Christchurch was so badly damaged in last month’s deadly earthquake that parts of New Zealand’s second largest city will have to be abandoned, Prime Minister John Key has said.
Key confirmed 10,000 homes faced demolition after the 6.3-magnitude tremor which is believed to have claimed more than 200 lives, warning that rebuilding would not be possible in some areas.
“We simply don’t know,” he told Radio New Zealand when asked which parts of the city would be deserted. “We know there’s been substantial liquefaction damage.
“It’s a statement of fact that there will be some properties that can’t be rebuilt… the question is whether it (rebuilding) is possible for certain parts of the city, certain streets or houses.”
Key said geotechnical engineers were working urgently to clarify the areas worst affected by liquefaction, caused when the quake’s shaking loosened the bonds between soil particles, turning the ground into a quagmire.
Community worker Tom McBrearty said the prime minister’s comments had increased anxiety among residents still reeling from the February 22 quake. “They interpreted… it as being that the riverside communities would not be allowed to be rebuilt, which is at this stage is incorrect. We don’t know, we’re still waiting for final analysis.”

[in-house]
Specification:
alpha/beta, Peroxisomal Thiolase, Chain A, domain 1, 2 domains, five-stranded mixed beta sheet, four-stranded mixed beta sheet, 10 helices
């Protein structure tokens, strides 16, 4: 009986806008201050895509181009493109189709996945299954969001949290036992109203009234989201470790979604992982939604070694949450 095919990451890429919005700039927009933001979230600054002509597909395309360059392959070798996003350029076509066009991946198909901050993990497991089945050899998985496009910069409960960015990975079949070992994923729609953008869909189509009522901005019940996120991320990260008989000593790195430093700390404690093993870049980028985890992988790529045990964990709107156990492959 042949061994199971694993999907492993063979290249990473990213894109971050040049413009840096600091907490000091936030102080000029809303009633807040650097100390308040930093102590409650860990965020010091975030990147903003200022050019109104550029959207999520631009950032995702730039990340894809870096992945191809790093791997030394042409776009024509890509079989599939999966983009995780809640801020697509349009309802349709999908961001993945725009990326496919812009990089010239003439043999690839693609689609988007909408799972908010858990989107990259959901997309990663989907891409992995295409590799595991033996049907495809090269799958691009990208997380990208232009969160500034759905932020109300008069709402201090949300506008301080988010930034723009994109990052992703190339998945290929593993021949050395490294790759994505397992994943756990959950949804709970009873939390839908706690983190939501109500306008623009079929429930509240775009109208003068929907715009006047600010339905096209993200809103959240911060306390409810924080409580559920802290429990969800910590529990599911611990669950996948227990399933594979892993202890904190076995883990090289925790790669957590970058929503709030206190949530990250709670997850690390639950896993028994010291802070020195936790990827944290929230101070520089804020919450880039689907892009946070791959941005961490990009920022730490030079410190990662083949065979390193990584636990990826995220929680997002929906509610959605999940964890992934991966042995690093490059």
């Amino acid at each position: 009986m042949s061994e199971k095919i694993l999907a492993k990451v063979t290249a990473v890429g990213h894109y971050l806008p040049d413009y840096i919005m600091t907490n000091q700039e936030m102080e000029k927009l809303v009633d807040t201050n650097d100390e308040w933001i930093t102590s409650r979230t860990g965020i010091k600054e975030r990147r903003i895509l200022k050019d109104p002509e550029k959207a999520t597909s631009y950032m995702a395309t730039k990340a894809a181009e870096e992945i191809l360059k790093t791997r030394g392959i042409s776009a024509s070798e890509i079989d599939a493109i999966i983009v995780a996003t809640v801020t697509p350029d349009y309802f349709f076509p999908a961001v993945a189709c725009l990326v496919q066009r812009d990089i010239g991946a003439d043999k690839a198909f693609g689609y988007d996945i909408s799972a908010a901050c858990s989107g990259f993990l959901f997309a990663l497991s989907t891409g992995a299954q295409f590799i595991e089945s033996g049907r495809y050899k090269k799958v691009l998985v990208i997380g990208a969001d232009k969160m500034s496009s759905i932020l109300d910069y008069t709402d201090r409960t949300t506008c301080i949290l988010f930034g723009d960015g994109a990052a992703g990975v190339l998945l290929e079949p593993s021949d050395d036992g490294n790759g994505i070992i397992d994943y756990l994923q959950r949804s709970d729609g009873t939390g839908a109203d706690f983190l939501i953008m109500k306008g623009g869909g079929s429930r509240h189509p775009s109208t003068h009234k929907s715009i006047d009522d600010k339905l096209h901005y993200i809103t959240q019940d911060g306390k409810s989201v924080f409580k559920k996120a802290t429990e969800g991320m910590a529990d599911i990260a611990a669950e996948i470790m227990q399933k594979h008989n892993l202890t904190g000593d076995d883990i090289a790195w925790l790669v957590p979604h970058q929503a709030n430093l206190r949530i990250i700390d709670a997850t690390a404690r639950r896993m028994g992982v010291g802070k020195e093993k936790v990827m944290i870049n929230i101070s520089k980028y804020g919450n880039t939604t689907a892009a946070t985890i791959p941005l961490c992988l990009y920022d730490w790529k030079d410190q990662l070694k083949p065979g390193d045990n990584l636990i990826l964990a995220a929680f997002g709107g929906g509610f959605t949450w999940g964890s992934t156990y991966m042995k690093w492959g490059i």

Key said the government would provide financial assistance to those who were forced to move and was in talks with developers about releasing new subdivisions to cope with the demand for housing in the stricken city.
Christchurch mayor Bob Parker said speculation on the fate of entire suburbs was “alarmist” and urged residents to wait until geotechnical reports were complete.
Sad, sad tale. Although this earthquake technically was an aftershock of last year’s quake, it blasted along a new fault and being closer to the surface and in a populous area – just did an enormous amount of damage. More than anyone had foreseen.